Toll (?), v. t. [L. tollere. See Tolerate.] O. Eng.Law

To take away; to vacate; to annul.

 

© Webster 1913.


Toll, v. t. [See Tole.]

1.

To draw; to entice; to allure. See Tole.

2. [Probably the same word as toll to draw, and at first meaning, to ring in order to draw people to church.]

To cause to sound, as a bell, with strokes slowly and uniformly repeated; as, to toll the funeral bell.

"The sexton tolled the bell."

Hood.

3.

To strike, or to indicate by striking, as the hour; to ring a toll for; as, to toll a departed friend.

Shak.

Slow tolls the village clock the drowsy hour. Beattie.

4.

To call, summon, or notify, by tolling or ringing.

When hollow murmurs of their evening bells Dismiss the sleepy swains, and toll them to their cells. Dryden.

 

© Webster 1913.


Toll, v. i. [imp. & p. p. Tolled (?); p. pr. & vb. n. Tolling.]

To sound or ring, as a bell, with strokes uniformly repeated at intervals, as at funerals, or in calling assemblies, or to announce the death of a person.

The country cocks do crow, the clocks do toll. Shak.

Now sink in sorrows with a tolling bell. Pope.

 

© Webster 1913.


Toll, n.

The sound of a bell produced by strokes slowly and uniformly repeated.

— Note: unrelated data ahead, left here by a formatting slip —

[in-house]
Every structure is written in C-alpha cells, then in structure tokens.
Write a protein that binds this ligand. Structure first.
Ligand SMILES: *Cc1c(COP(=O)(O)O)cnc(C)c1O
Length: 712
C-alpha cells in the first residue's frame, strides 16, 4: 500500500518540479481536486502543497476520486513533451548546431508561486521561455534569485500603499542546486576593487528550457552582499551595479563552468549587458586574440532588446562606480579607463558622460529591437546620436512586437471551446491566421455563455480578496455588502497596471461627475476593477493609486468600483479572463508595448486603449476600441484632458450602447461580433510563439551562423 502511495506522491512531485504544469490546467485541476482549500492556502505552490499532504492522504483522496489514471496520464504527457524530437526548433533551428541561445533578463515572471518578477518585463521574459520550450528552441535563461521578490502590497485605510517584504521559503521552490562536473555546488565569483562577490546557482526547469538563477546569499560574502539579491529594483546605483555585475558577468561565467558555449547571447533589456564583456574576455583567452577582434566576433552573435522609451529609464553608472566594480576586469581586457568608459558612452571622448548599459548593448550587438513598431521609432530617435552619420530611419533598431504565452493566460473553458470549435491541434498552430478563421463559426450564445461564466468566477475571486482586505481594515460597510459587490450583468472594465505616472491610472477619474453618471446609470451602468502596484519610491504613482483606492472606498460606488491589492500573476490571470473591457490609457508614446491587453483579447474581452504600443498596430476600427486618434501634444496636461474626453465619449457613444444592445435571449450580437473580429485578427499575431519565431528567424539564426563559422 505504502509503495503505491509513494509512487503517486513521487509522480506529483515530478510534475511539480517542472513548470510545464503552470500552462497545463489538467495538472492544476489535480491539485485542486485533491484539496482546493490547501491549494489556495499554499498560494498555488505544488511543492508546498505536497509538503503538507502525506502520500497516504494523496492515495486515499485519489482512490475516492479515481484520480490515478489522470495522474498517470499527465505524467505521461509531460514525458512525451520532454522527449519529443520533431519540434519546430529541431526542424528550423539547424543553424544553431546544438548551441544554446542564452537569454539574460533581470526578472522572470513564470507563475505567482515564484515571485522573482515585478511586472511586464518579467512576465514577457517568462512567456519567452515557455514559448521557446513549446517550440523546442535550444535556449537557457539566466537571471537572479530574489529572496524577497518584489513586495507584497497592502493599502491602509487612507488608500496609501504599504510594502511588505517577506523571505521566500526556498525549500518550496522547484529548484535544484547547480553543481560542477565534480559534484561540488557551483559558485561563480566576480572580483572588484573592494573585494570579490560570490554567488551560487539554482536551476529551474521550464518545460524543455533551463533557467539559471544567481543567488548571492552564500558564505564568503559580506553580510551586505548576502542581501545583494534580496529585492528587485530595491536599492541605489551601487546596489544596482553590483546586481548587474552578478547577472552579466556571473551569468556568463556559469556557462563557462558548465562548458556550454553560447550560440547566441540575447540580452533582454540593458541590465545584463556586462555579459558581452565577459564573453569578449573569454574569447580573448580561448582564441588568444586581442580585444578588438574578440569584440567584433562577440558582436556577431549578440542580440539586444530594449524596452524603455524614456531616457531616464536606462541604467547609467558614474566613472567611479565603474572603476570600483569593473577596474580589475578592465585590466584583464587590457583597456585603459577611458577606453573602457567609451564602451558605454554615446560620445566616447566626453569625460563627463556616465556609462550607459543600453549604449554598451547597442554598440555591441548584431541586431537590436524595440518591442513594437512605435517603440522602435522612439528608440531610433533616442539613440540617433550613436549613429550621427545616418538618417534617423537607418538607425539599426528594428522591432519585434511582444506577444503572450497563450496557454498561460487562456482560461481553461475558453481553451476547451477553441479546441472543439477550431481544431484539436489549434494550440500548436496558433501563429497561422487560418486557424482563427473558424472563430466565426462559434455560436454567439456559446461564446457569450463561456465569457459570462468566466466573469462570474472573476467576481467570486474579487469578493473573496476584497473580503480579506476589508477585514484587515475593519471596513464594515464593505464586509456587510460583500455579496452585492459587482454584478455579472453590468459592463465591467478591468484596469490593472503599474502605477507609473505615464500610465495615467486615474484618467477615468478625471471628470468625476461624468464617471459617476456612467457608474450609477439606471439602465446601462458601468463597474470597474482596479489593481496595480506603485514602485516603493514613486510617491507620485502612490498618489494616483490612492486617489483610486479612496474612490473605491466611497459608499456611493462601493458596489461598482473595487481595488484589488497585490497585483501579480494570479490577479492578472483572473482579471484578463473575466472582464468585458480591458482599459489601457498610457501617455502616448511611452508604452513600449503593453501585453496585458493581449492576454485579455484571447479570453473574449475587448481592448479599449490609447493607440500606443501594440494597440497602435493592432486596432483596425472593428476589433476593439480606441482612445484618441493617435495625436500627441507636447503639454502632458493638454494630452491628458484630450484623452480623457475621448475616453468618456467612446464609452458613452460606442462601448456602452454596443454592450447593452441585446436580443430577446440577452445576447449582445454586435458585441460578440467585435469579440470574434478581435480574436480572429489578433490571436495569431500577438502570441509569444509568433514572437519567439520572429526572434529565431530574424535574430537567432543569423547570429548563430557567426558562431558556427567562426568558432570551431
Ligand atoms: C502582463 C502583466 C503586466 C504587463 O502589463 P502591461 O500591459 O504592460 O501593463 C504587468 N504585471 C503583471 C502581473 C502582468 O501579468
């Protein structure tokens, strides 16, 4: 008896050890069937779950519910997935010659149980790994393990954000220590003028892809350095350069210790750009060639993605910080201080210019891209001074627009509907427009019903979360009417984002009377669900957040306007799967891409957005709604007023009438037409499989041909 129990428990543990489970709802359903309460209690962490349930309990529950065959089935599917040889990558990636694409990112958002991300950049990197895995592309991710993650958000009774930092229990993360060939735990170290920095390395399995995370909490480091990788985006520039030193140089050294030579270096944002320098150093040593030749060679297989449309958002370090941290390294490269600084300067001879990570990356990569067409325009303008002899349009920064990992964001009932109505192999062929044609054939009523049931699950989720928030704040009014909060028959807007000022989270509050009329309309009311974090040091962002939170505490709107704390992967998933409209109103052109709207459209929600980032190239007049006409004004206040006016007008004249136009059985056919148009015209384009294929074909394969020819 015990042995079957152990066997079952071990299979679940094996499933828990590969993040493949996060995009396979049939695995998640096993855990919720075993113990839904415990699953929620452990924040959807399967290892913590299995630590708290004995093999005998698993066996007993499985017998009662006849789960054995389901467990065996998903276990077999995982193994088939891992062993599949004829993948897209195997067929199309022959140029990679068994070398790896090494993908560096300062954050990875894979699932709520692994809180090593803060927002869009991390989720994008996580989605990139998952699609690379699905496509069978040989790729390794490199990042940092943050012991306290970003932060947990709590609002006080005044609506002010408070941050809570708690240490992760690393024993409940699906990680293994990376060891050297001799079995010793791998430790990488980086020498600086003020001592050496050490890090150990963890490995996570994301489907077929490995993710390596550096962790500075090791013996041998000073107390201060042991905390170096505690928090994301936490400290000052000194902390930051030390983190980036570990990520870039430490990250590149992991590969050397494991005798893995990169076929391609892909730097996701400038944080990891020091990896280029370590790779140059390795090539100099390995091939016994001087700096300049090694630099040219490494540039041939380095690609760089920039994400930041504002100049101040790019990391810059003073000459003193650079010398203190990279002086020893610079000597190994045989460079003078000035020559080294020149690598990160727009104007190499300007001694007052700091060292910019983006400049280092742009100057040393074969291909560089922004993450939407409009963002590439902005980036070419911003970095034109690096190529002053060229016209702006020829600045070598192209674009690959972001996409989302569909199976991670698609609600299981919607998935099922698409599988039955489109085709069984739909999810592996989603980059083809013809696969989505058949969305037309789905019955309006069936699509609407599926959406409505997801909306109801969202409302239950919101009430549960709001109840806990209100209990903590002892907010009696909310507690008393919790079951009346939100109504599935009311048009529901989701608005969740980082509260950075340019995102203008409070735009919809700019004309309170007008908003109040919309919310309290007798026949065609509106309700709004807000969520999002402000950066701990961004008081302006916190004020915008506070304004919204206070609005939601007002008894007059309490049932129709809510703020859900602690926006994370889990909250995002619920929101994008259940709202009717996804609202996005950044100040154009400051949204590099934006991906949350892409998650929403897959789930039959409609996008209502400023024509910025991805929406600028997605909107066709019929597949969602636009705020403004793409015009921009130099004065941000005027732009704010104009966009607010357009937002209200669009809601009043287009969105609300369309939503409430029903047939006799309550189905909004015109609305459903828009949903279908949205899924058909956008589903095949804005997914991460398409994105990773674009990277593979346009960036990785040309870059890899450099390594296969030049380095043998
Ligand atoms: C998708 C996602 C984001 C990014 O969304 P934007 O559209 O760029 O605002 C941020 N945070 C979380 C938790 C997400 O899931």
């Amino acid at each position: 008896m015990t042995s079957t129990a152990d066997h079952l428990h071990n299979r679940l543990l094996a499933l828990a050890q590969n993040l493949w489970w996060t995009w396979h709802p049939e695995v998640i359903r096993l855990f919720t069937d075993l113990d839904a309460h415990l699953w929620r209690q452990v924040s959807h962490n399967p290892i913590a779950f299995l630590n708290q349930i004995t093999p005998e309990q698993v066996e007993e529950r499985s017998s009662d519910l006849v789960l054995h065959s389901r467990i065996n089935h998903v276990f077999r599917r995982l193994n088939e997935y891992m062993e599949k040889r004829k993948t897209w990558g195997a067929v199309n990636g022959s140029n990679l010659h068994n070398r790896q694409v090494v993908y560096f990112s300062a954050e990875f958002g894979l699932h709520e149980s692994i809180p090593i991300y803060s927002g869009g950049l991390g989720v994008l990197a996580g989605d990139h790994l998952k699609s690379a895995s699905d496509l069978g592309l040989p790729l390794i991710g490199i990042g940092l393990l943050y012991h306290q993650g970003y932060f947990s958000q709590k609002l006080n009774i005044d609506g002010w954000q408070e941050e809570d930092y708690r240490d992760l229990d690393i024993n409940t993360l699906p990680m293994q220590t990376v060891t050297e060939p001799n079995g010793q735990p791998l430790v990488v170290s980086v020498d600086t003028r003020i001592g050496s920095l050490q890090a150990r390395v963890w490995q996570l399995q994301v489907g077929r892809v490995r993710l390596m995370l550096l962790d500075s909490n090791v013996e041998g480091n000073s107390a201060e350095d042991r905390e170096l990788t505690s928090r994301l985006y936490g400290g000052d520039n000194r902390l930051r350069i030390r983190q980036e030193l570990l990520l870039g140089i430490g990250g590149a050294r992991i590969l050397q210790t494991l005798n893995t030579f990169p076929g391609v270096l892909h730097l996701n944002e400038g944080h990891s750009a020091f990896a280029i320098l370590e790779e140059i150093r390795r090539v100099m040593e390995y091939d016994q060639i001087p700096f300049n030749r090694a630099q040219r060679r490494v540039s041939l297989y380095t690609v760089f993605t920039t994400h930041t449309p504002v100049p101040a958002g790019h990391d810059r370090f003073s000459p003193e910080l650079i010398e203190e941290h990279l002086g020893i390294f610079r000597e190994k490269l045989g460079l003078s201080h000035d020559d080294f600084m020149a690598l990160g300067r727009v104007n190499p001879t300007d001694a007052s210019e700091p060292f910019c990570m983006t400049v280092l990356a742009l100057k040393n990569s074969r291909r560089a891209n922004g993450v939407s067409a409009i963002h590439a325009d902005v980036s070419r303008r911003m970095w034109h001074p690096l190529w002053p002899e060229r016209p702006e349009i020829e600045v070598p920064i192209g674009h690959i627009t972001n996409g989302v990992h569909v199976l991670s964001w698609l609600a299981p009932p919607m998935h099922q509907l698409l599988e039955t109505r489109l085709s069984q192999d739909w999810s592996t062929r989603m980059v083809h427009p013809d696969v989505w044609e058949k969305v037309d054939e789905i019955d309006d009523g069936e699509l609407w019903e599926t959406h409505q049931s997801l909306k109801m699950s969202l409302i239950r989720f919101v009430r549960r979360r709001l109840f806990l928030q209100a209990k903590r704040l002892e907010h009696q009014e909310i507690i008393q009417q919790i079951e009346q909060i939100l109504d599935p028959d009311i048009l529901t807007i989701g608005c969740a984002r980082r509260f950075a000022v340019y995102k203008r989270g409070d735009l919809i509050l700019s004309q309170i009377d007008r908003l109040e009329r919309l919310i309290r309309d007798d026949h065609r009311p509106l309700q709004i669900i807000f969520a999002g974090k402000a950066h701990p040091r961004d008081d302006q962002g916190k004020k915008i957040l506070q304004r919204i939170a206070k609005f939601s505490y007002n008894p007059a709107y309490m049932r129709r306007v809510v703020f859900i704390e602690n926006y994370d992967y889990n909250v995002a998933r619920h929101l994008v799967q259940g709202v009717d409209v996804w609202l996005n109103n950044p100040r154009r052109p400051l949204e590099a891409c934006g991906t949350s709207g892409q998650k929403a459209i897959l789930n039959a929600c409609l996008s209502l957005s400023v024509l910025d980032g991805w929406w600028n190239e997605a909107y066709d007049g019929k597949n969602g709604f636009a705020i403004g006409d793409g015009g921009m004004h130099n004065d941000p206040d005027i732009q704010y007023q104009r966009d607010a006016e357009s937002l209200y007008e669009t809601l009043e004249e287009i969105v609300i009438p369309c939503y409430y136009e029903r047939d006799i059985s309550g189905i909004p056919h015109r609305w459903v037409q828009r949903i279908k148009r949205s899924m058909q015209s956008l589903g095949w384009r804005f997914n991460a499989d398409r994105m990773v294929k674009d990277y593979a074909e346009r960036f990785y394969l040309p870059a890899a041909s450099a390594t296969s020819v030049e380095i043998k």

© Webster 1913.


Toll (?), n. [OE. tol, AS. toll; akin to OS. & D. tol, G. zoll, OHG. zol, Icel. tollr, Sw. tull, Dan. told, and also to E. tale; -- originally, that which is counted out in payment. See Tale number.]

1.

A tax paid for some liberty or privilege, particularly for the privilege of passing over a bridge or on a highway, or for that of vending goods in a fair, market, or the like.

2. Sax. & O. Eng.Law

A liberty to buy and sell within the bounds of a manor.

3.

A portion of grain taken by a miller as a compensation for grinding.

Toll and team O. Eng.Law, the privilege of having a market, and jurisdiction of villeins. Burrill. -- Toll bar, a bar or beam used on a canal for stopping boats at the tollhouse, or on a road for stopping passengers. -- Toll bridge, a bridge where toll is paid for passing over it. -- Toll corn, corn taken as pay for grinding at a mill. -- Toll dish, a dish for measuring toll in mills. -- Toll gatherer, a man who takes, or gathers, toll. -- Toll hop, a toll dish. [Obs.] Crabb. -- Toll thorough Eng.Law, toll taken by a town for beasts driven through it, or over a bridge or ferry maintained at its cost. Brande & C. -- Toll traverse Eng.Law, toll taken by an individual for beasts driven across his ground; toll paid by a person for passing over the private ground, bridge, ferry, or the like, of another. -- Toll turn Eng.Law, a toll paid at the return of beasts from market, though they were not sold. Burrill.

Syn. -- Tax; custom; duty; impost.

 

© Webster 1913.


Toll (?), v. i.

1.

To pay toll or tallage.

[R.]

Shak.

2.

To take toll; to raise a tax.

[R.]

Well could he [the miller] steal corn and toll thrice. Chaucer.

No Italian priest Shall tithe or toll in our dominions. Shak.

 

© Webster 1913.


Toll, v. t.

To collect, as a toll.

Shak.

 

© Webster 1913.

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